The masterpiece on the story of Welsh football, Red Dragons by Phil Stead, originally published in 2012, is our choice for the classic of the month.
Red Dragons – The Story of Welsh Football
Red Dragons tells the story of Welsh football since its earliest days in the nineteenth century, and looks at the characters, controversies and developments of the country’s clubs, players, and most importantly, the national team.
When the first edition of this book was published in 2012, Welsh football was at its lowest ebb. Manager Gary Speed had just died in the most tragic of circumstances, the national team was in danger of being swallowed by the Team GB whale, and survival was a more realistic ambition than any notion of success. With growing apathy from clubs, players and supporters, it seemed that the national team was in decline from an already low status.
But that all changed on October 10th 2015 when Wales qualified for the Euro 2016 championships.
But why should we care about the story of Welsh football?
Well, for one, it is a story worth telling. For over 135 years, the Welsh game has struggled to keep its head above water in the face of challenges to its existence at every step.
Not unlike Wales itself, it’s a wonder Welsh football has survived as long as it has. But it has survived, and decades of struggle and misfortune have been peppered with glorious times.
Red Dragons – The Story of Welsh Football tells just that – the astonishing tale of a terrific struggle against the odds and is an important reminder why Welsh football matters.
This compendious volume of 400 pages spans almost a century and a half, from the first-ever international against Scotland in 1876 to the European 2016 qualifications. The game in Wales, however, was in its infancy when compared to its next door neighbour a century and more ago. In the 1890s, the game was so strong in England that they were able to field two different teams against both Wales and Ireland on the same day.
Non-conformist religion tried to stunt its growth and then, when the game found its feet, the best Welsh talent was cherry-picked by rich clubs across the border who guarded their purchases jealously.
International politics drove a chasm through the sport in the early 1990s as Welsh teams fought legal battles against their own association for the right to play in England. Even recently, Cardiff and Swansea considered playing under the banner of the English Football Association. UEFA and FIFA have hampered Welsh chances of tournament success and the eternal battle for status with rugby union has been destructive. The foundation of a British Olympic side, coupled with restlessness amongst FIFA’s members, threatens the very existence of our team.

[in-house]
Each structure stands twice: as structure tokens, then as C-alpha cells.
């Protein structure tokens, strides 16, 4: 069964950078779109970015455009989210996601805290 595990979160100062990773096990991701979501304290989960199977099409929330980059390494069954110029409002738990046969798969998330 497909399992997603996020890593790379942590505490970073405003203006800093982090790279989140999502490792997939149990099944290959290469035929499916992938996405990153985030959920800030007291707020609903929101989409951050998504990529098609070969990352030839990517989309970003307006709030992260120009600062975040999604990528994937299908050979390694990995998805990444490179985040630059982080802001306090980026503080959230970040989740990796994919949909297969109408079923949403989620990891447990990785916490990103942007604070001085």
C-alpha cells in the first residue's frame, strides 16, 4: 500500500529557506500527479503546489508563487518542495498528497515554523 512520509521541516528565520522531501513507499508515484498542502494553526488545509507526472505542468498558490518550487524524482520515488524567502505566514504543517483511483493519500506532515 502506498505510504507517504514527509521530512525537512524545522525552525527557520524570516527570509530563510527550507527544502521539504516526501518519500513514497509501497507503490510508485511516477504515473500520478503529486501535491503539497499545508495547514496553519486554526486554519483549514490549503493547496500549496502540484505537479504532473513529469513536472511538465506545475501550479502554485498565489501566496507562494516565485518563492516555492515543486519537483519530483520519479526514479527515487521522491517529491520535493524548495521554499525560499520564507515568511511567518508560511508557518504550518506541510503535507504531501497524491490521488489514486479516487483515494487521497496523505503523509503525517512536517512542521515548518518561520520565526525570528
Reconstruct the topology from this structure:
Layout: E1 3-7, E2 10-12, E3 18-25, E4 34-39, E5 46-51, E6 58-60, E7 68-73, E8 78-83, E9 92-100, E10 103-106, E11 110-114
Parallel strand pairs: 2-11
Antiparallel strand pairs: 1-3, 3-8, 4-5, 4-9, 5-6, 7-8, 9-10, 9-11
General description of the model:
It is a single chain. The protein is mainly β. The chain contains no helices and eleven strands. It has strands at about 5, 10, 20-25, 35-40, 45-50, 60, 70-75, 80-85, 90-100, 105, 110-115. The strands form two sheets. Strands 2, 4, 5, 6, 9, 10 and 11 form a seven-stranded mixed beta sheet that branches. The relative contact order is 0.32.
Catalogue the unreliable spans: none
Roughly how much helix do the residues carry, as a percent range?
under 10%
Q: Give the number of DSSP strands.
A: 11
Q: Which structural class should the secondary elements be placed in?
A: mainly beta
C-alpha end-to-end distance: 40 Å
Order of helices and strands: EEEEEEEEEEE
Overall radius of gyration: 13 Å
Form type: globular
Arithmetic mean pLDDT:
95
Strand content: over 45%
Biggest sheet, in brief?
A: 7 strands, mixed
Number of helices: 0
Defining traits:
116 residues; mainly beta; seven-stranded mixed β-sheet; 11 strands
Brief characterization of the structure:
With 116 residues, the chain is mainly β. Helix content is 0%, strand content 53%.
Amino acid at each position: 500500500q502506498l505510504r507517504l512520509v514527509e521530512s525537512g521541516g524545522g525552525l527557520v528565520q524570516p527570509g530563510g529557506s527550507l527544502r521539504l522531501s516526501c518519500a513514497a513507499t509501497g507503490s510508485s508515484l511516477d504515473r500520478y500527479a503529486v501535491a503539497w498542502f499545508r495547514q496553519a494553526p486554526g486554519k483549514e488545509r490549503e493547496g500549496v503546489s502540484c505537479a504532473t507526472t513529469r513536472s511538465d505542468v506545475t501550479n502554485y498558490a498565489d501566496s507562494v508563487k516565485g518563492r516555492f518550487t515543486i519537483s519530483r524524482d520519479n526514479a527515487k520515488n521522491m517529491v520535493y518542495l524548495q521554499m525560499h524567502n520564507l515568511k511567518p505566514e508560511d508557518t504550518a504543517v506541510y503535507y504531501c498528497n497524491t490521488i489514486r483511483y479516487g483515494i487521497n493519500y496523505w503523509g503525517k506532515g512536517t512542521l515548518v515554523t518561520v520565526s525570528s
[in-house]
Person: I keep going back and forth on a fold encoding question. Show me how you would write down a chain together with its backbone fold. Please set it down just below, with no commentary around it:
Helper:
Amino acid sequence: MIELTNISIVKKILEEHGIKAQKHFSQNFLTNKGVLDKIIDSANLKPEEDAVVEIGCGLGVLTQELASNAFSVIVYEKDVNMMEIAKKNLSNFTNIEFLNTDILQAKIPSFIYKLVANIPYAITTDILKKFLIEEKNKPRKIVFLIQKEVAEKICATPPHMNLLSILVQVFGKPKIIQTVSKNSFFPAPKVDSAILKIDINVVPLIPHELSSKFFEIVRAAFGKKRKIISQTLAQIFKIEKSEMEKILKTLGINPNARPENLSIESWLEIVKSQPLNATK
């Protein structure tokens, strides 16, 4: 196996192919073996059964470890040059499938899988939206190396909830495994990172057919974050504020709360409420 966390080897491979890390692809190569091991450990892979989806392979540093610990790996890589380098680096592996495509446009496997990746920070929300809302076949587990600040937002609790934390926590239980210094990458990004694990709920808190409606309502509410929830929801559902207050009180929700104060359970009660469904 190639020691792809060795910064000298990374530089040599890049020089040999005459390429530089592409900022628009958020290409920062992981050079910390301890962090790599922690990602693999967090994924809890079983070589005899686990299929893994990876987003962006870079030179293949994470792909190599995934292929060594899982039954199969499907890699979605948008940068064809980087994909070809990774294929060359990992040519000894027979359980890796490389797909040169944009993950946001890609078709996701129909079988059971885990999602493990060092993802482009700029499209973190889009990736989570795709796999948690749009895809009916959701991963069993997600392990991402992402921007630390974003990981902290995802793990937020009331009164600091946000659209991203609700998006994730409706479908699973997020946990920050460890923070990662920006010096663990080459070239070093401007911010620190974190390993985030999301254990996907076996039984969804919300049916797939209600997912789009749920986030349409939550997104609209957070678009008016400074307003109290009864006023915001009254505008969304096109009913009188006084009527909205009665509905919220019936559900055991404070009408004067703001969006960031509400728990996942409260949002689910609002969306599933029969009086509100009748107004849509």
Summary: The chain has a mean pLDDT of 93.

The book also turns to celebrity footballers, choosing, as the first ever, Billy Meredith of both Manchester City and United. He achieved fame despite the fact that his mother banned him and his brothers from playing football because it ruined their footwear.
Like all sports, soccer was virtually suspended during WW1, only to resurge soon after. In the Cardiff area alone there were 64 applications for the use of the available 12 pitches. Then, in 1927, the FA Cup was won by Cardiff City, a feat regarded as a national victory.
We are led through the years of WW2 and the first World Cups 1949–1959, including the heartbreak of 1958. We are reminded of the barren years of 1960–1969, before enjoying a mini resurgence, only to miss out again in the 1986 World Cup. And so it continued: World Cups, European Cups and disappointment after disappointment as a result of either being just not good enough or through sheer rotten luck.
Events on the field are then overshadowed by the sudden and still unexplained death of manager Gary Speed in 2011. Soccer, again, became just a game. But, once more we are living the dream.
As author Phil Stead put it,
When this book was first published, I joked with the publisher that it would need a second edition when Wales qualified. I didn’t really believe that I would ever get to write that extra chapter. And I definitely didn’t think that I would need to write it just four years later. But here we are, basking in the glow of a thrilling, unanticipated success. And this new chapter was so much easier and so much more enjoyable to research. We have seen something that we never thought we would see.
Now, after an incredible success at the Euro 2016 championships we are left wondering … where will the next chapter take us? The future is a red dragon and its ready to roar…
ABOUT THE AUTHOR
Phil Stead is a former BBC Wales Sports journalist and regularly appears on television and radio as a football pundit. He has been a sports columnist for the Welsh-language current affairs magazine Golwg for the past three years, and his Welsh football blog Ffwtbol, which receives an average of 3,000 visits per week, was listed in the Guardian’s Top 100 Blogs To Follow. He lives in Felinheli.
Red Dragons – The Story of Welsh Football by Phil Stead (£14.99, Y Lolfa)